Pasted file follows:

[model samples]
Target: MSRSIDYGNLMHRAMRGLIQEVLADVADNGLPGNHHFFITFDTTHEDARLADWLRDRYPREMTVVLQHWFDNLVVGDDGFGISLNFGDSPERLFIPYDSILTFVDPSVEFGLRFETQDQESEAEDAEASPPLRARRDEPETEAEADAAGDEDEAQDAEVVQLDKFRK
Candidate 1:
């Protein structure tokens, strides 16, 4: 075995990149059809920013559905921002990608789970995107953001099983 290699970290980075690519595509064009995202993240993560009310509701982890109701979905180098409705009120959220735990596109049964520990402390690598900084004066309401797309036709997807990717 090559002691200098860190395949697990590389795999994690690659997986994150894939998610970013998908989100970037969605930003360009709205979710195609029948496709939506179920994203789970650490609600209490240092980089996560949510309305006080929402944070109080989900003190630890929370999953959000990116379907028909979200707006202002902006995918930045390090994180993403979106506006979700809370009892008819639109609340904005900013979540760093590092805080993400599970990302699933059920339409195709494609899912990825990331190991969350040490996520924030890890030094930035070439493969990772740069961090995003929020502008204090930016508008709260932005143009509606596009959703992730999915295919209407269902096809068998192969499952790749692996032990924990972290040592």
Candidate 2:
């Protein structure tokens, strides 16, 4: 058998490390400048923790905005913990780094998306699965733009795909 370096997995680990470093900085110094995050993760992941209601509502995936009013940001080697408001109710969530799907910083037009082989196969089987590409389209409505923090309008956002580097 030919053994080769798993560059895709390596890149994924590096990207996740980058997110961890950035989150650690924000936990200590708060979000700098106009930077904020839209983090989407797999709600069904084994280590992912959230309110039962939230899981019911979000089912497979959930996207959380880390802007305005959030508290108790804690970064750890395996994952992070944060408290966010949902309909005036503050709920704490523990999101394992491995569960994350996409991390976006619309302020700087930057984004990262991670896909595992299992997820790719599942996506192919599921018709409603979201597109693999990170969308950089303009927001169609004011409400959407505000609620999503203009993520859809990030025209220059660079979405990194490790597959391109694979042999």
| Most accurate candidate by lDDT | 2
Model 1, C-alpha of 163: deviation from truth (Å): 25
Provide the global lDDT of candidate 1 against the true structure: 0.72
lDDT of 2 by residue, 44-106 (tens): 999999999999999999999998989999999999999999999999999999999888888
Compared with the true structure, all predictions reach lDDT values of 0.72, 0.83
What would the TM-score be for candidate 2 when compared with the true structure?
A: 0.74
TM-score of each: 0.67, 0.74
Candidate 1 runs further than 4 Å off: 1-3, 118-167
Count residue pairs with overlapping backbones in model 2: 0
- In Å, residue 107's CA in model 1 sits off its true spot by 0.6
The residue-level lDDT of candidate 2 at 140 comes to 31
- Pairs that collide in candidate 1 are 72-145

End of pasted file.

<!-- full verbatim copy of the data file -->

[model samples]
Target: MSRSIDYGNLMHRAMRGLIQEVLADVADNGLPGNHHFFITFDTTHEDARLADWLRDRYPREMTVVLQHWFDNLVVGDDGFGISLNFGDSPERLFIPYDSILTFVDPSVEFGLRFETQDQESEAEDAEASPPLRARRDEPETEAEADAAGDEDEAQDAEVVQLDKFRK
Candidate 1:
């Protein structure tokens, strides 16, 4: 075995990149059809920013559905921002990608789970995107953001099983 290699970290980075690519595509064009995202993240993560009310509701982890109701979905180098409705009120959220735990596109049964520990402390690598900084004066309401797309036709997807990717 090559002691200098860190395949697990590389795999994690690659997986994150894939998610970013998908989100970037969605930003360009709205979710195609029948496709939506179920994203789970650490609600209490240092980089996560949510309305006080929402944070109080989900003190630890929370999953959000990116379907028909979200707006202002902006995918930045390090994180993403979106506006979700809370009892008819639109609340904005900013979540760093590092805080993400599970990302699933059920339409195709494609899912990825990331190991969350040490996520924030890890030094930035070439493969990772740069961090995003929020502008204090930016508008709260932005143009509606596009959703992730999915295919209407269902096809068998192969499952790749692996032990924990972290040592």
Candidate 2:
């Protein structure tokens, strides 16, 4: 058998490390400048923790905005913990780094998306699965733009795909 370096997995680990470093900085110094995050993760992941209601509502995936009013940001080697408001109710969530799907910083037009082989196969089987590409389209409505923090309008956002580097 030919053994080769798993560059895709390596890149994924590096990207996740980058997110961890950035989150650690924000936990200590708060979000700098106009930077904020839209983090989407797999709600069904084994280590992912959230309110039962939230899981019911979000089912497979959930996207959380880390802007305005959030508290108790804690970064750890395996994952992070944060408290966010949902309909005036503050709920704490523990999101394992491995569960994350996409991390976006619309302020700087930057984004990262991670896909595992299992997820790719599942996506192919599921018709409603979201597109693999990170969308950089303009927001169609004011409400959407505000609620999503203009993520859809990030025209220059660079979405990194490790597959391109694979042999």
| Most accurate candidate by lDDT | 2
Model 1, C-alpha of 163: deviation from truth (Å): 25
Provide the global lDDT of candidate 1 against the true structure: 0.72
lDDT of 2 by residue, 44-106 (tens): 999999999999999999999998989999999999999999999999999999999888888
Compared with the true structure, all predictions reach lDDT values of 0.72, 0.83
What would the TM-score be for candidate 2 when compared with the true structure?
A: 0.74
TM-score of each: 0.67, 0.74
Candidate 1 runs further than 4 Å off: 1-3, 118-167
Count residue pairs with overlapping backbones in model 2: 0
- In Å, residue 107's CA in model 1 sits off its true spot by 0.6
The residue-level lDDT of candidate 2 at 140 comes to 31
- Pairs that collide in candidate 1 are 72-145